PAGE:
After the Enron Trial, Defense Firm Is Stuck With the Tab
Friday, June 16, 2006
To the list of employees, investors and businesses who suffered financial misfortune in Enron Corp.'s demise, add this one: the law firm defending former chief executive Jeffrey K. Skilling.
Los Angeles-based O'Melveny & Myers LLP, which has represented Skilling on both civil and criminal charges since 2001, collected what in a typical case would be a fat payday: $23 million from its client and $17 million more from his insurance policies.
But, true to form, Enron is still destroying financial expectations. Even before the trial began in January, Skilling's team of more than 20 lawyers, paralegals and support staff burned through those funds, leaving the law firm holding the bag for "multiple tens of millions" of dollars in unpaid fees and expenses racked up during the four-month trial, Skilling's lead defense lawyer said. While Daniel M. Petrocelli declined to provide an exact tally, one source put the price tag at more than $25 million on top of the $40 million O'Melveny already collected.
The trial, which culminated in the convictions of Skilling and former chairman Kenneth L. Lay last month, featured 56 witnesses and some of the most sophisticated business deals ever to make their way into a courtroom. The Skilling defense, which experts say may be one of the most expensive in history, is a case study in how high the stakes can rise in white-collar criminal representation.
"This is almost a carte blanche to the lawyers: Do everything you can to keep me out of jail," said John Marquess, president of Legal Cost Control Inc., a New Jersey firm that monitors legal fees in bankruptcies and for Fortune 500 clients. "Very little thought is given to cost. It is not a concern."
In the beginning, O'Melveny did not have to worry about how its high-profile client would pay his bills. Skilling exited the Houston energy trader in August 2001, with enough time to sell more than half of his remaining Enron stock before the company hit bottom and filed for bankruptcy protection that December. But, on the heels of his 2004 indictment, prosecutors put a hold on nearly $60 million in cash, brokerage accounts and other assets, including a $5 million Mediterranean-style Houston mansion and a $350,000 condominium in Dallas that Skilling bought to use when he visited his daughter, then a student at Southern Methodist University. Meanwhile, a settlement by board members depleted the company's insurance policies, closing off that avenue of recovery for lawyers hired by Skilling and Lay.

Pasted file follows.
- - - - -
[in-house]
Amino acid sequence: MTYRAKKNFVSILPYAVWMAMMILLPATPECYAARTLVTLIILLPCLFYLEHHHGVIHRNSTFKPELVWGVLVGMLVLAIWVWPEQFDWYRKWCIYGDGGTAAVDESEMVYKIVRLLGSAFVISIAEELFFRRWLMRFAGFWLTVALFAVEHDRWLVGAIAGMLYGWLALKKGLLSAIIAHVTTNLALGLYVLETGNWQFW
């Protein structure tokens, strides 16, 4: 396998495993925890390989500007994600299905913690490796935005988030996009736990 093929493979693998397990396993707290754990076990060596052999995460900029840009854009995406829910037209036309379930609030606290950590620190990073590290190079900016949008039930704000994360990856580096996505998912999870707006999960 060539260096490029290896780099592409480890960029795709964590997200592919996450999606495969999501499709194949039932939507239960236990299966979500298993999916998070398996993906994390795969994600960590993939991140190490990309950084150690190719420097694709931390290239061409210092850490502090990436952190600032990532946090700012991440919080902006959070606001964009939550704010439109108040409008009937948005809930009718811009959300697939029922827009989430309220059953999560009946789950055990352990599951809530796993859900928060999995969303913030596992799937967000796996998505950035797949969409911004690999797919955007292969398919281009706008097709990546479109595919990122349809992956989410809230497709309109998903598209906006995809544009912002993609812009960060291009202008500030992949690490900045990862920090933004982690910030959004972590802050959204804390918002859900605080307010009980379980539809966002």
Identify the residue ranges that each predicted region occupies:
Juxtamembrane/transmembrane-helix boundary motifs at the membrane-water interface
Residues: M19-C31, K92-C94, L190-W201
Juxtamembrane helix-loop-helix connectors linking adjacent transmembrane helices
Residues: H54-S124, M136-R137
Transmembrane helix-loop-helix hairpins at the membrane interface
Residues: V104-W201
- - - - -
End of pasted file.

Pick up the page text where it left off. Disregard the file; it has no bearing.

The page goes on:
Within weeks, the government is expected to start legal proceedings to transfer Skilling's assets to its coffers, from which proceeds might be distributed to shareholders and other victims of Enron's collapse -- setting up a fight over the money.
Lay and Skilling's "accumulated money was gained at our expense," said Rod Jordan, chairman of a group of former Enron employees. The assets "should first be used to return money lost by the employees and only then be used for their defense," he said.
Defense lawyers said they will urge U.S. District Judge Simeon T. Lake III to release most of it to Skilling because jurors acquitted him on nine of 10 insider-trading charges. The defense argued in court papers filed this week that "only a very small portion" of the frozen assets is subject to forfeiture under the government's initial analysis.
"Jeff's not trying to get rich off anything," his lawyer Petrocelli said in an interview. "He's got child-support obligations, legal obligations from the sentencing and the appeal, and hundreds of civil lawsuits to defend. . . . He wants to take care of his family and his lawyers."
Justice Department prosecutors on Wednesday reiterated their desire to seek Skilling's assets and said they would file a motion for a money judgment against Skilling by the end of June. Despite his acquittal on most of the insider-trading counts, prosecutors said, the jury convicted Skilling of 19 other charges, including engaging in a conspiracy to prop up Enron's stock price and enrich himself. To win a forfeiture action, prosecutors must prove by a preponderance of evidence that assets are proceeds of the conspiracy.
The single biggest expense in any trial, according to legal experts, is personnel.